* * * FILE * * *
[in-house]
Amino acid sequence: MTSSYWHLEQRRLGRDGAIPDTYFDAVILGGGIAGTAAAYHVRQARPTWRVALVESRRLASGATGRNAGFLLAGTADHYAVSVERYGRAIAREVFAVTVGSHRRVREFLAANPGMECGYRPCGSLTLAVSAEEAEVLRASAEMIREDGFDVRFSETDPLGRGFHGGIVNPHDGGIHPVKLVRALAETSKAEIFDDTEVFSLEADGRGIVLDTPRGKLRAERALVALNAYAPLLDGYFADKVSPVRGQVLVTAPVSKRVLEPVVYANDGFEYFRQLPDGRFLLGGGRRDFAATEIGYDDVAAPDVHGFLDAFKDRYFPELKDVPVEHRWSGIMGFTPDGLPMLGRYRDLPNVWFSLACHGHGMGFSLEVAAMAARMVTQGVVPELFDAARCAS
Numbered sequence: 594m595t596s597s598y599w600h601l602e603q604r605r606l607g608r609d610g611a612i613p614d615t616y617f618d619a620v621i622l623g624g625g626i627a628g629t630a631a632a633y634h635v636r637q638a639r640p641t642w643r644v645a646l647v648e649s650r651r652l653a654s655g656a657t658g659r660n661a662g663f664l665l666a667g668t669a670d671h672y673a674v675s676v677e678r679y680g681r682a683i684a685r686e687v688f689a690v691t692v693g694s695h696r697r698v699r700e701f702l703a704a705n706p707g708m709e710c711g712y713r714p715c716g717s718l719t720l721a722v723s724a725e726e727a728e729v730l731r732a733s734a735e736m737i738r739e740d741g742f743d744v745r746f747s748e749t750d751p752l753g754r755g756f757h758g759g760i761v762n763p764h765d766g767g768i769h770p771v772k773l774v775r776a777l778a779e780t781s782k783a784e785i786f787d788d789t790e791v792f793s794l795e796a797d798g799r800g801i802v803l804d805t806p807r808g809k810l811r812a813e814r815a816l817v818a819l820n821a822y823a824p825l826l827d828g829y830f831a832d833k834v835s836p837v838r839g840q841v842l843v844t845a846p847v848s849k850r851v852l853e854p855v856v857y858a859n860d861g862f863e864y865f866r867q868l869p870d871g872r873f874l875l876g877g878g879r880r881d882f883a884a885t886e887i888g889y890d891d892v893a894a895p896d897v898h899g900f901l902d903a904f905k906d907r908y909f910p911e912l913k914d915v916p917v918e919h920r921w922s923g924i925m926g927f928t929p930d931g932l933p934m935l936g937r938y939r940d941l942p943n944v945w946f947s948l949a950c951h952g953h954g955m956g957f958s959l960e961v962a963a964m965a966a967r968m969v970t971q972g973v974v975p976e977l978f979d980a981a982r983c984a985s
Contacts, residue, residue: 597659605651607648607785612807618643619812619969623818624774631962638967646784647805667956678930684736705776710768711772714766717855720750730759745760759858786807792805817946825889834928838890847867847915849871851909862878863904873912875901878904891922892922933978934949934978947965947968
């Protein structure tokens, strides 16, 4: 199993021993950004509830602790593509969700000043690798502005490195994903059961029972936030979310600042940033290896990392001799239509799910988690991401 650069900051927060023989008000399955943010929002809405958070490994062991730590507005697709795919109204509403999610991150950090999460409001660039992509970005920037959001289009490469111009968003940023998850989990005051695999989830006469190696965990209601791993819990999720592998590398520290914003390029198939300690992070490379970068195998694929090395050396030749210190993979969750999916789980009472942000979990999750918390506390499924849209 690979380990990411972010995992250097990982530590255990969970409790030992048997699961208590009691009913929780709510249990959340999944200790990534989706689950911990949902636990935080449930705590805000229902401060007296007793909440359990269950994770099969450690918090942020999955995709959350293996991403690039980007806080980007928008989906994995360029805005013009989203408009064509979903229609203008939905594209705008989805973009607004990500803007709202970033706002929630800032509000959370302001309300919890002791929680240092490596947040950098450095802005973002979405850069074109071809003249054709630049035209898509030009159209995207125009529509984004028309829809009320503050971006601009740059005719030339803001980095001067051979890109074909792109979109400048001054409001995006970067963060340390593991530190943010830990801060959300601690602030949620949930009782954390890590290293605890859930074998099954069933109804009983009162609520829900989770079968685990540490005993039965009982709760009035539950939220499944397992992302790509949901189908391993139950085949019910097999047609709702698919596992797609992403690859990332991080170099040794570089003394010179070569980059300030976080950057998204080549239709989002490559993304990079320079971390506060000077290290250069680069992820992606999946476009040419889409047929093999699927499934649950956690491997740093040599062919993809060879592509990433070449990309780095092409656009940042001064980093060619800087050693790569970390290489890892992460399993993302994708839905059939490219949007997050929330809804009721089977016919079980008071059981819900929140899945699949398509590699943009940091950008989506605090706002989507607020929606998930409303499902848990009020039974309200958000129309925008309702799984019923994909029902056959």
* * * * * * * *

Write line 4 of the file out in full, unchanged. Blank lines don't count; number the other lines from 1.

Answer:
Contacts, residue, residue: 597659605651607648607785612807618643619812619969623818624774631962638967646784647805667956678930684736705776710768711772714766717855720750730759745760759858786807792805817946825889834928838890847867847915849871851909862878863904873912875901878904891922892922933978934949934978947965947968